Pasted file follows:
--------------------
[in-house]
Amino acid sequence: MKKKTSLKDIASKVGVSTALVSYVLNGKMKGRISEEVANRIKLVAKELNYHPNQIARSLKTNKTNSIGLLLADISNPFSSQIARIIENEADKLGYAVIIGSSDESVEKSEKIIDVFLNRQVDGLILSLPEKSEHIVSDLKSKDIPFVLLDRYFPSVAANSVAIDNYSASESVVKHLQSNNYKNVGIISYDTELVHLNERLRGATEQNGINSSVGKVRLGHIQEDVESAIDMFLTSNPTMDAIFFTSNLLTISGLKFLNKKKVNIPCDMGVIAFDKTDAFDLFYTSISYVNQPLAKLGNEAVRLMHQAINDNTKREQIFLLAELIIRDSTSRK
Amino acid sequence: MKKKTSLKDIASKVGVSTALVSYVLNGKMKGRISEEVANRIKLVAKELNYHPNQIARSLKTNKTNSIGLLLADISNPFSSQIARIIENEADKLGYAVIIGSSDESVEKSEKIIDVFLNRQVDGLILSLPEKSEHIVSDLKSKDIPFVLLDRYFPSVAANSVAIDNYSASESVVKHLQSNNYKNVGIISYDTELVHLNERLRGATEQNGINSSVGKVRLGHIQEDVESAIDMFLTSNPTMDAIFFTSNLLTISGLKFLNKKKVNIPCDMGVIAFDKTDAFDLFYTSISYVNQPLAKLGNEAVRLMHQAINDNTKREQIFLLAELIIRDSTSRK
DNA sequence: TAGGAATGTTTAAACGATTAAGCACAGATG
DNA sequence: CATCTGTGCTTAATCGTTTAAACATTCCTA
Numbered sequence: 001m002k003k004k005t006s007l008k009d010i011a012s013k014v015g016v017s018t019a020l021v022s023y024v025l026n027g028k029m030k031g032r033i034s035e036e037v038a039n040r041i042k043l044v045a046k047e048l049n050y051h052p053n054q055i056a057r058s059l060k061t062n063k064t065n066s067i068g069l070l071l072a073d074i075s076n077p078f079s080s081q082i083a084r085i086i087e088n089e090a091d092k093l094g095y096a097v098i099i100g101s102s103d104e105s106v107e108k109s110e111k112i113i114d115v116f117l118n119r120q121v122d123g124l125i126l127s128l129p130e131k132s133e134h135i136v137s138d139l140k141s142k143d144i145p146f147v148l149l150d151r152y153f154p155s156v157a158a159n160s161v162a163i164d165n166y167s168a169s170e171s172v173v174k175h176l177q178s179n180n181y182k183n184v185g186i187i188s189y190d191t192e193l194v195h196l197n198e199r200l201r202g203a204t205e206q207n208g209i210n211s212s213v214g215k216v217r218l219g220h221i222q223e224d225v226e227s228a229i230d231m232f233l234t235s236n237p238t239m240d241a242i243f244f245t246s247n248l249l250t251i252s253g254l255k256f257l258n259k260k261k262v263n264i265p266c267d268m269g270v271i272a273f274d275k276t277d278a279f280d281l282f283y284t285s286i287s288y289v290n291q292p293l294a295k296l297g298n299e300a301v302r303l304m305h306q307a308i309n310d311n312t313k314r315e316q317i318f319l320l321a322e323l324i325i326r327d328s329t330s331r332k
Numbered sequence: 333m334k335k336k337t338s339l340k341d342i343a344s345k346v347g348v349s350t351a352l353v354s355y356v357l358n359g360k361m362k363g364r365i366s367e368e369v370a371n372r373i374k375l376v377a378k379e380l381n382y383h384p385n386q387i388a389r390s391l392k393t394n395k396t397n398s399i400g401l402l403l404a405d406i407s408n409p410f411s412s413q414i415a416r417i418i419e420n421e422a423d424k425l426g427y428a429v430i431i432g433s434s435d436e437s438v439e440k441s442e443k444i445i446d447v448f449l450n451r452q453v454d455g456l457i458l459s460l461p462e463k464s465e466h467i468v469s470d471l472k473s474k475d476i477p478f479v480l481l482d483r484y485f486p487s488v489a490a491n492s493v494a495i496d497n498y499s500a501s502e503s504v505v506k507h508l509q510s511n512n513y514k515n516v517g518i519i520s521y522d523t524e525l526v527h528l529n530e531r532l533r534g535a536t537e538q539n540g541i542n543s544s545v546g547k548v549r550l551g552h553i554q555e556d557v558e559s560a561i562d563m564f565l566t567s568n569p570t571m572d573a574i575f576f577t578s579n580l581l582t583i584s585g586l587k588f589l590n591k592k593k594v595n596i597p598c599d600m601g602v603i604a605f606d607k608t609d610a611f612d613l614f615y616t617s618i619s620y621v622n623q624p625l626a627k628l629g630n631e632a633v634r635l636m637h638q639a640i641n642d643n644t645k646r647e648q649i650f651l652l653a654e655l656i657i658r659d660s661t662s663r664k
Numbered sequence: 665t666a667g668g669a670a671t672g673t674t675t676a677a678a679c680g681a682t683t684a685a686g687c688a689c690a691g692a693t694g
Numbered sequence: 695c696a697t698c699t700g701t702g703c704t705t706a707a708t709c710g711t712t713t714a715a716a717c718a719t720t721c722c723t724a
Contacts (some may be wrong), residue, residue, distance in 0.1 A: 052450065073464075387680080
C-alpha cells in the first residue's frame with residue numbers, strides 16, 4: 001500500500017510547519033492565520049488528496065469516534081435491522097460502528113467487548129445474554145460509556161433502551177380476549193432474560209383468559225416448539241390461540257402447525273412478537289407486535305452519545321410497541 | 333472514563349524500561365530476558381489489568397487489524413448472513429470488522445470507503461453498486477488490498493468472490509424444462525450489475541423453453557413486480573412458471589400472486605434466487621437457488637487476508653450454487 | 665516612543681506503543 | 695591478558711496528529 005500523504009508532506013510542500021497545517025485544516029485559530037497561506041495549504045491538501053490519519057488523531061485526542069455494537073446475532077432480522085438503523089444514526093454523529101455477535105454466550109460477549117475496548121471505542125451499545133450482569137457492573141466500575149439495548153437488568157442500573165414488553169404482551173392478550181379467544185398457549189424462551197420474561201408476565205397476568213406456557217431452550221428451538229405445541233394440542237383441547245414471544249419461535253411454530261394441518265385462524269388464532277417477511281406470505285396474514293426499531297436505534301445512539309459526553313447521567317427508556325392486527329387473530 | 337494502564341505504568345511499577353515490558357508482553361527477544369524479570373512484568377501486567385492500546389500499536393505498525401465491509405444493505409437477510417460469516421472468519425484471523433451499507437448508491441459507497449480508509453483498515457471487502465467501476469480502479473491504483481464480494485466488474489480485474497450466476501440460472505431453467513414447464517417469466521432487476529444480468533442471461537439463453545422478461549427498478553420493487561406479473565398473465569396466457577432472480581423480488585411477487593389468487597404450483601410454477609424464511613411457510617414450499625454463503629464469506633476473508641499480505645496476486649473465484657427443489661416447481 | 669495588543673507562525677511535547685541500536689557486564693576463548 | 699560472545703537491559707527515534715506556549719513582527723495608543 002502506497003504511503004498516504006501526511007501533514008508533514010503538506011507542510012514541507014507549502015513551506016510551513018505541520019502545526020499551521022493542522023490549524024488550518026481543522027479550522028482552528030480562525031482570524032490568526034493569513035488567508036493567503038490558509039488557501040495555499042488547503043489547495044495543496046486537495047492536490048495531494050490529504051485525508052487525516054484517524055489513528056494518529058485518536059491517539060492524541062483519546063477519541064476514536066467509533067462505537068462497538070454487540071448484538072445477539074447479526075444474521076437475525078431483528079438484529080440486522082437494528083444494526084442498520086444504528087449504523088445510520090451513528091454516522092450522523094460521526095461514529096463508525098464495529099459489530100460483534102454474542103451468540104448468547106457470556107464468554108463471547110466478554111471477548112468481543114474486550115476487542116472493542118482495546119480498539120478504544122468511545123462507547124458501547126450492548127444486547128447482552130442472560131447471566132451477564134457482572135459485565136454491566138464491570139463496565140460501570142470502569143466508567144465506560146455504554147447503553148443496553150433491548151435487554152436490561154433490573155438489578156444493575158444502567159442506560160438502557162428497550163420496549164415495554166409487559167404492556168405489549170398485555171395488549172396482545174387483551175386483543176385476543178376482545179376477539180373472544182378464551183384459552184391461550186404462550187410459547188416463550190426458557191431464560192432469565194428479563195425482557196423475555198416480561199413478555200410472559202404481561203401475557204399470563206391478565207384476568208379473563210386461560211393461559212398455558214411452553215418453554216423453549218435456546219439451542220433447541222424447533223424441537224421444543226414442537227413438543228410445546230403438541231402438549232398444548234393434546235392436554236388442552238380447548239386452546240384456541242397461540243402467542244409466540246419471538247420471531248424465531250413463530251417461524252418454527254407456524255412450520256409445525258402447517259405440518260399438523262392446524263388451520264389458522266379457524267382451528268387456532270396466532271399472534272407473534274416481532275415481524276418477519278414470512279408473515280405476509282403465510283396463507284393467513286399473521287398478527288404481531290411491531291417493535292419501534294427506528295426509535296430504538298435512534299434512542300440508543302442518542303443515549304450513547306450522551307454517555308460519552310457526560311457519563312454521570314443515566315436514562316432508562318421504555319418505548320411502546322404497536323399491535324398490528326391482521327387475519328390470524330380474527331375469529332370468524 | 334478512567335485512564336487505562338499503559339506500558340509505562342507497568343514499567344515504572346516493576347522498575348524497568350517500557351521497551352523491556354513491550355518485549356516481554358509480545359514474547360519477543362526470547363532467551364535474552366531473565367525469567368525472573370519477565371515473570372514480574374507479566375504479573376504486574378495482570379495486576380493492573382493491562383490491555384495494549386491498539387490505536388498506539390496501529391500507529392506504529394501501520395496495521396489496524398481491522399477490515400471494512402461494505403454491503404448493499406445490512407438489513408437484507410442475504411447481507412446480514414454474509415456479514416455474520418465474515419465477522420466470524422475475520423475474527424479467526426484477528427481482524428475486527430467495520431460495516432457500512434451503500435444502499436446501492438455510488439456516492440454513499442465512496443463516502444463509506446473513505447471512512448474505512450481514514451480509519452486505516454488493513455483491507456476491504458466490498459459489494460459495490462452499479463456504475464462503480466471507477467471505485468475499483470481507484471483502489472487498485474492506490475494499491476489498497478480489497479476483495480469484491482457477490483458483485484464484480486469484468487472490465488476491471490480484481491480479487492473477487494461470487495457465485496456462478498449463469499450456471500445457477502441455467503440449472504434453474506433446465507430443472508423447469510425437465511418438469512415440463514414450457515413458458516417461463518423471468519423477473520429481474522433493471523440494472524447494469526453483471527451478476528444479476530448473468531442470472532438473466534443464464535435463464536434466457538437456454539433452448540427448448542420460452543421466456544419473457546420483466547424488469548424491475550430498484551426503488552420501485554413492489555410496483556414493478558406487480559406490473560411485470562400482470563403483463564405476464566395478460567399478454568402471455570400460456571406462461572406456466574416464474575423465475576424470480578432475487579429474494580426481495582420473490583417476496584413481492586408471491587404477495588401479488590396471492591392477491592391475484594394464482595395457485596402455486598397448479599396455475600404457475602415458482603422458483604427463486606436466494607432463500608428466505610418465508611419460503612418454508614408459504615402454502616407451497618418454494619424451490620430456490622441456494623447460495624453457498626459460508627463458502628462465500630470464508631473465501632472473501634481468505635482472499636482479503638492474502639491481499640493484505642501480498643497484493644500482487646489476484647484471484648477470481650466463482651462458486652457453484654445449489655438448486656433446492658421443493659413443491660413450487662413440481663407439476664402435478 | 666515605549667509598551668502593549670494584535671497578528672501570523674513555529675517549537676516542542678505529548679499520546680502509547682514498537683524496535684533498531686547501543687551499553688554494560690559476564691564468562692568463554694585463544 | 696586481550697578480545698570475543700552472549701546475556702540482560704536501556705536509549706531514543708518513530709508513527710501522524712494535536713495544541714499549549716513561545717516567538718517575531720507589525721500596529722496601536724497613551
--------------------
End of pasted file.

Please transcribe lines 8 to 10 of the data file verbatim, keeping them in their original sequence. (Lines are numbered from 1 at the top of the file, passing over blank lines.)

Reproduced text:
Numbered sequence: 665t666a667g668g669a670a671t672g673t674t675t676a677a678a679c680g681a682t683t684a685a686g687c688a689c690a691g692a693t694g
Numbered sequence: 695c696a697t698c699t700g701t702g703c704t705t706a707a708t709c710g711t712t713t714a715a716a717c718a719t720t721c722c723t724a
Contacts (some may be wrong), residue, residue, distance in 0.1 A: 052450065073464075387680080